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For Russia, it was a time of troubles: war, famine, and social upheaval the likes of which the world had never seen before. World War I, two revolutions in 1917, and the subsequent civil war and Allied intervention completely eradicated one regime and replaced it with a radically new one. Now an award-winning diplomatic historian ties these events together to reveal their far-reaching consequences for the future of not only the new Soviet Union but of the United States as well. In War and Revolution, Norman Saul offers a fresh analysis of this troubled era in Russia and of the American reaction to it. Tracing the events surrounding America's entry into the European conflict and its encouragement of continued Russian participation even in the face of domestic unrest, he shows how those circumstances adversely affected relations between two nations and shaped their futures in the century ahead. Drawing on rarely accessed military and diplomatic archives in both countries, Saul reaches beyond official actions to give readers a vivid sense of those times. He surveys the vast panorama of events while providing not only detailed accounts of the activities of consular, diplomatic, and military staffs but also colorful vignettes of ordinary Americans in Russia involved in humanitarian relief and other activities. Businessmen and artists, Red Cross volunteers and journalists-all were caught up in the immediacy of war and revolution, and all contributed to the shifting sentiments of two nations. War and Revolution is the third volume in Saul's sweeping history of U.S.-Russian relations, already hailed for setting "a new standard for how the history of international relations ought to be written" (TLS). Here he further develops the theme of "mirror-imaging," describing ways in which Americans and Russians saw themselves as having a common relationship distinguished from other European or Asian nations. Despite the turmoil of this era, he explains, Russians continued to look to America for ideas and models while Americans expected Russians to follow their lead in developing resources and reforming institutions. By 1921, Americans were in a quandary about Russia as its former friend pursued a hostile course beyond U.S. control. Saul's account of those years clearly shows how this parting of the ways came about—and how it set the stage for a cold war that would test both country's wills later in the century.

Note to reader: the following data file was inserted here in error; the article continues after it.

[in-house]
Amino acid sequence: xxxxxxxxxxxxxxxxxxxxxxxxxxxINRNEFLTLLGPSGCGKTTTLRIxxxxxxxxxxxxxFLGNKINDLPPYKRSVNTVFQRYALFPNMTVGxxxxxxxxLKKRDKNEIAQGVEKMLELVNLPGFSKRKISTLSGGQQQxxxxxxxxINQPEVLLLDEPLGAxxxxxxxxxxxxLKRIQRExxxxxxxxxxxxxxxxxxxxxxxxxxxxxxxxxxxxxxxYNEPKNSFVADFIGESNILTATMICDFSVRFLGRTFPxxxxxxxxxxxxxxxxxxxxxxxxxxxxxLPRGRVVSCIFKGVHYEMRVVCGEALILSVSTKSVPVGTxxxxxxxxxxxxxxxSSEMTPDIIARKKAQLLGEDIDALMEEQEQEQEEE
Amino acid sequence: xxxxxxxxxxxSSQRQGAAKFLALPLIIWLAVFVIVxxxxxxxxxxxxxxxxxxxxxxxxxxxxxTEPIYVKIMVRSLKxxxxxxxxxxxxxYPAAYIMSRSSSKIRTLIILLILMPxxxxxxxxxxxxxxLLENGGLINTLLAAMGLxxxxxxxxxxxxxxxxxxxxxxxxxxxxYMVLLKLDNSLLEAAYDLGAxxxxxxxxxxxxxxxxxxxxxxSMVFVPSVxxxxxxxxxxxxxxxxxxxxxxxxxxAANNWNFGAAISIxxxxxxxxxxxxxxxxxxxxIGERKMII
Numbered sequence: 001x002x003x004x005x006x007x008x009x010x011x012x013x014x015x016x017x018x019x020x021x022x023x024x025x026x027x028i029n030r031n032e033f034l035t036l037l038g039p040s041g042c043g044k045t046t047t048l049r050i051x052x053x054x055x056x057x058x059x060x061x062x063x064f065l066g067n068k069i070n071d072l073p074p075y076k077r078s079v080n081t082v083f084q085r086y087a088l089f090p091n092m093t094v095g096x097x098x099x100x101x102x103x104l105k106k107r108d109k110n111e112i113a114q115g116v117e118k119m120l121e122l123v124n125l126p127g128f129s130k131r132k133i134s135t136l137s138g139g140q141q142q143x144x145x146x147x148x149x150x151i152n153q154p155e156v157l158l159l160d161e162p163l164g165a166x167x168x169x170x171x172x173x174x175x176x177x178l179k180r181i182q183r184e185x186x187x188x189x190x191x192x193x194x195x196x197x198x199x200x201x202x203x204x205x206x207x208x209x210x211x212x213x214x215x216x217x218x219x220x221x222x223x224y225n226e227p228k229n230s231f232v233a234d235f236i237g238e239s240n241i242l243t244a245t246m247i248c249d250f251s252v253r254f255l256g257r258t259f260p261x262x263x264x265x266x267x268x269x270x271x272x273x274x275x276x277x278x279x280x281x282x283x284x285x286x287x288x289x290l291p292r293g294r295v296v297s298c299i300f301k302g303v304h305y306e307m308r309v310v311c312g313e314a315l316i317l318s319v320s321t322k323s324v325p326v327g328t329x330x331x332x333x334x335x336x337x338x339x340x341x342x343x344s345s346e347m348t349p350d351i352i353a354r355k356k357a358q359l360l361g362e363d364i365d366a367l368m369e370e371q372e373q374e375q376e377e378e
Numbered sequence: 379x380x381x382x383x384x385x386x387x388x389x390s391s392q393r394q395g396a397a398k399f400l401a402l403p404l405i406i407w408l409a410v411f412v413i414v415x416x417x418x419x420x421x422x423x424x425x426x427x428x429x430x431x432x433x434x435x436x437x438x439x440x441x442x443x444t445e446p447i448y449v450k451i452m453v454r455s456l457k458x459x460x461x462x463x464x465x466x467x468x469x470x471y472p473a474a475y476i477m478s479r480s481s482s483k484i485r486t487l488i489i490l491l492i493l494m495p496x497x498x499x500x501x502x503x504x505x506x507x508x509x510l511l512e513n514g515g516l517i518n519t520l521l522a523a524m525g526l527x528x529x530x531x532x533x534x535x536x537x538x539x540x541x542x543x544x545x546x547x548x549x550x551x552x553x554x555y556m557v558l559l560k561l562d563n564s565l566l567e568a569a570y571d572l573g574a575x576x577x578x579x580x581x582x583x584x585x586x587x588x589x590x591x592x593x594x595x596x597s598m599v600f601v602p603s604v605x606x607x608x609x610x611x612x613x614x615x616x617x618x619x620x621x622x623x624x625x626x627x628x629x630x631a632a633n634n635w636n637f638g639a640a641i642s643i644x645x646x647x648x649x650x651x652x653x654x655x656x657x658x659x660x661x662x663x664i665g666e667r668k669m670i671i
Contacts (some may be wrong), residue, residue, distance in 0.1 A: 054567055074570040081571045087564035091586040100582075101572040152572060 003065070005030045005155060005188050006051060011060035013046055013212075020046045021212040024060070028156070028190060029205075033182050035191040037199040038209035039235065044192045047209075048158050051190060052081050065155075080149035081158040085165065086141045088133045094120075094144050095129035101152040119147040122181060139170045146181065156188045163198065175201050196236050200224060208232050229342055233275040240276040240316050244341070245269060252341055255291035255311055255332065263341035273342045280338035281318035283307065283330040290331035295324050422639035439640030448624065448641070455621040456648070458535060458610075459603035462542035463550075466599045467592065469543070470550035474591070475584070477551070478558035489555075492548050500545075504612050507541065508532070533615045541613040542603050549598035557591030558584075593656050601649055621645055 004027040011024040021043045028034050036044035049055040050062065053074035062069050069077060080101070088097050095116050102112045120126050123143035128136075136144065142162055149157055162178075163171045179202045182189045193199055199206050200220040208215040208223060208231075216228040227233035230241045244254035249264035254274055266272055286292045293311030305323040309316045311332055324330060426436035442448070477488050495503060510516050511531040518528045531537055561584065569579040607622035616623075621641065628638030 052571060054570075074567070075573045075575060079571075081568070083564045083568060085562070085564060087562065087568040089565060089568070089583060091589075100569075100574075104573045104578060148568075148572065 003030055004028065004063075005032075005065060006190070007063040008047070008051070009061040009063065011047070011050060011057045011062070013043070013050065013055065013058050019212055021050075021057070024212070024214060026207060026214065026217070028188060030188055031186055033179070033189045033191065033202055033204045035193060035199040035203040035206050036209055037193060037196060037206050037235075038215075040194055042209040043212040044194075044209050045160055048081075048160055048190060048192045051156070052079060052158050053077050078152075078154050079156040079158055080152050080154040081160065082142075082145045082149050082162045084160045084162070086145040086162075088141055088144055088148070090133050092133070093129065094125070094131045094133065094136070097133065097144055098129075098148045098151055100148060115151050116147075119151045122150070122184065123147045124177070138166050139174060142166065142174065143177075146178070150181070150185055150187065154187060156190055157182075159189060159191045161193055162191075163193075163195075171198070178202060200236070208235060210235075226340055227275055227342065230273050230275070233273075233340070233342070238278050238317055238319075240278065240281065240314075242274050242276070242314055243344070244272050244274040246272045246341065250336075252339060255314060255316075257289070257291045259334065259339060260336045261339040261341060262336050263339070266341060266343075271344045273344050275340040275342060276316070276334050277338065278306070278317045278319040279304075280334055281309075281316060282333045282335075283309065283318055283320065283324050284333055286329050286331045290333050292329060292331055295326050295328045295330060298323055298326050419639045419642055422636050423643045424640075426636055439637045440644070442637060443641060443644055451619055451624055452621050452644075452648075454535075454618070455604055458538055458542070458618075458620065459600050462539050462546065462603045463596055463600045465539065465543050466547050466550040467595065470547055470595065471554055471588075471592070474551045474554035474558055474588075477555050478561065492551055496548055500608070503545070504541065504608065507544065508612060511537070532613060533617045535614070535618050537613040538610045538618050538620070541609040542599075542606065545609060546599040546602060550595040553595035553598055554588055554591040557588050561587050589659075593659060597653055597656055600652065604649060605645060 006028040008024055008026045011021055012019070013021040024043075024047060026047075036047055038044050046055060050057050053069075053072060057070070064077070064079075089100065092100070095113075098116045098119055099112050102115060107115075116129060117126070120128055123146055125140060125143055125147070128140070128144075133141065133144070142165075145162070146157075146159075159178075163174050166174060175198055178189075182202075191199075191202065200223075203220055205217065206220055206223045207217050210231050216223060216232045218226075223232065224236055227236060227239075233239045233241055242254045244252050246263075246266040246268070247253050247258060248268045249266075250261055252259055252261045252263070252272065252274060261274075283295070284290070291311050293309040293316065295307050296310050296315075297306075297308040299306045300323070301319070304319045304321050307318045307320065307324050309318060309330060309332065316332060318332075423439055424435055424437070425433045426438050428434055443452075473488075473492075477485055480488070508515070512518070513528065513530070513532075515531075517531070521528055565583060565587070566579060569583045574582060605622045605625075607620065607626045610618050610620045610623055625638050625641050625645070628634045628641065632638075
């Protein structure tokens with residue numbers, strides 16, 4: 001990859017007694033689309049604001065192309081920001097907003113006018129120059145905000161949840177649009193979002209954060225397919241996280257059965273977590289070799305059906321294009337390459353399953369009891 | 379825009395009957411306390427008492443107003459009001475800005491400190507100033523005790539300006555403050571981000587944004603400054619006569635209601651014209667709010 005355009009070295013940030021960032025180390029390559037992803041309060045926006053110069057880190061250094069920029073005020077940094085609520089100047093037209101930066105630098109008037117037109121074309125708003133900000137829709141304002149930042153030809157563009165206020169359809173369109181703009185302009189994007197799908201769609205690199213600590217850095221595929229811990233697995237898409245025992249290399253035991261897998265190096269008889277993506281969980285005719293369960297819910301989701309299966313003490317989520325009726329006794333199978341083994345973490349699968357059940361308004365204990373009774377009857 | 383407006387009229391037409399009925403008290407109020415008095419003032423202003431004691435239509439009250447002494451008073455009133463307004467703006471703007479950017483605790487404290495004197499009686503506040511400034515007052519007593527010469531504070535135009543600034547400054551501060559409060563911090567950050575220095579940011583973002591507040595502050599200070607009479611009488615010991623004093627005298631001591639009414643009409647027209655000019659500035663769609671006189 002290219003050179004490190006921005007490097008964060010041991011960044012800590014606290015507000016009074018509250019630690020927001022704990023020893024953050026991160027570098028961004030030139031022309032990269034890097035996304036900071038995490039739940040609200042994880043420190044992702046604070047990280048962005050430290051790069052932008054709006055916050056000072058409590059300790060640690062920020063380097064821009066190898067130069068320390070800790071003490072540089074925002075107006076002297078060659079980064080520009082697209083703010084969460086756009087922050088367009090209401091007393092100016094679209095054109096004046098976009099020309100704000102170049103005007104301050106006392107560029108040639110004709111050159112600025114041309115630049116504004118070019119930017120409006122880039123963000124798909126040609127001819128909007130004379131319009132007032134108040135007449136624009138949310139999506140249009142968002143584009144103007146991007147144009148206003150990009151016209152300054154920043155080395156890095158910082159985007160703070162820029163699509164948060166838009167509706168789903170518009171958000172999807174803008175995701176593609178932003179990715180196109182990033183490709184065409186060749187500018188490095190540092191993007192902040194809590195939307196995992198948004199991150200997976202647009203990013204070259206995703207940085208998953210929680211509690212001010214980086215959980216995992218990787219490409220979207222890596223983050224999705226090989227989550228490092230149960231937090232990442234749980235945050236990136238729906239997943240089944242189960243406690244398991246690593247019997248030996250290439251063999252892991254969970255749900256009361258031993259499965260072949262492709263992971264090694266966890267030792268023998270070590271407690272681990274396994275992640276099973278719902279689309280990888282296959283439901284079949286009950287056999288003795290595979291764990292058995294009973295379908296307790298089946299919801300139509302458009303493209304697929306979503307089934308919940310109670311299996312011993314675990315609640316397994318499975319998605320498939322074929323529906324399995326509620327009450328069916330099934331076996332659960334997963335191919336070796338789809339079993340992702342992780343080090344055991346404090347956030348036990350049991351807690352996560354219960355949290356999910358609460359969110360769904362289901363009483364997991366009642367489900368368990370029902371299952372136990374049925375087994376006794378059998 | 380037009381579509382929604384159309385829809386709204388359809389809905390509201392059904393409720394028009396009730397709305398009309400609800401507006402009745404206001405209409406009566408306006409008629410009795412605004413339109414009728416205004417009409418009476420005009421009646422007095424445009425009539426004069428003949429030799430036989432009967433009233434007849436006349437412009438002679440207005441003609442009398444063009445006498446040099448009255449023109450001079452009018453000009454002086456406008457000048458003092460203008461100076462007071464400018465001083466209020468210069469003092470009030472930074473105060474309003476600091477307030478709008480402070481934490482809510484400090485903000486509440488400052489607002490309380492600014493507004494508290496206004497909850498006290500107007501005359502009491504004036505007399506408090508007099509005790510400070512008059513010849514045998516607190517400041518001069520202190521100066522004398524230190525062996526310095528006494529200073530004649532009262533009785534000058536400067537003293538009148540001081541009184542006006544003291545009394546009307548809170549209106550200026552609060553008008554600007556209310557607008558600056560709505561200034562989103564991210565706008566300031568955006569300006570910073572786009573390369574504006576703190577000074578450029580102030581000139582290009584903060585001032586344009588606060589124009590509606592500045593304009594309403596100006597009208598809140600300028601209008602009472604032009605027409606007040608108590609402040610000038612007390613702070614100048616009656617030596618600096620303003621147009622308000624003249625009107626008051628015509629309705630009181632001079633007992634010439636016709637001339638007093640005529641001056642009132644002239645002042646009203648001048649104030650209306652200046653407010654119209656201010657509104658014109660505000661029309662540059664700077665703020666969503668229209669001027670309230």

Russian Immigrants In The United States

Author: Vera Kishinevsky
Publisher: Lfb Scholarly Pub Llc
ISBN: 9781593320560
Size: 58.70 MB
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Kishinevsky's study surveys the acculturation of and response to American culture by three generations of Russian immigrant women. Kishinevsky tells the stores of three generations of women who immigrated to the United States from Russia and satellite states, inviting the reader into their reality and presenting their worldviews, attitudes and perspectives through powerful and exciting life stories. She interviewed five triads of immigrant women (retired grandmothers, midlife mothers and teenage daughters). Her analysis of these powerful pieces yields unexpected conclusions about the strength of family ties and intergenerational influences that continue to shape the worldview of young Russian-Americans. The book is written from a multicultural perspective exploring such general issues as acculturation, assimilation and psychological adjustment of immigrants as it applies to the Russian immigrants.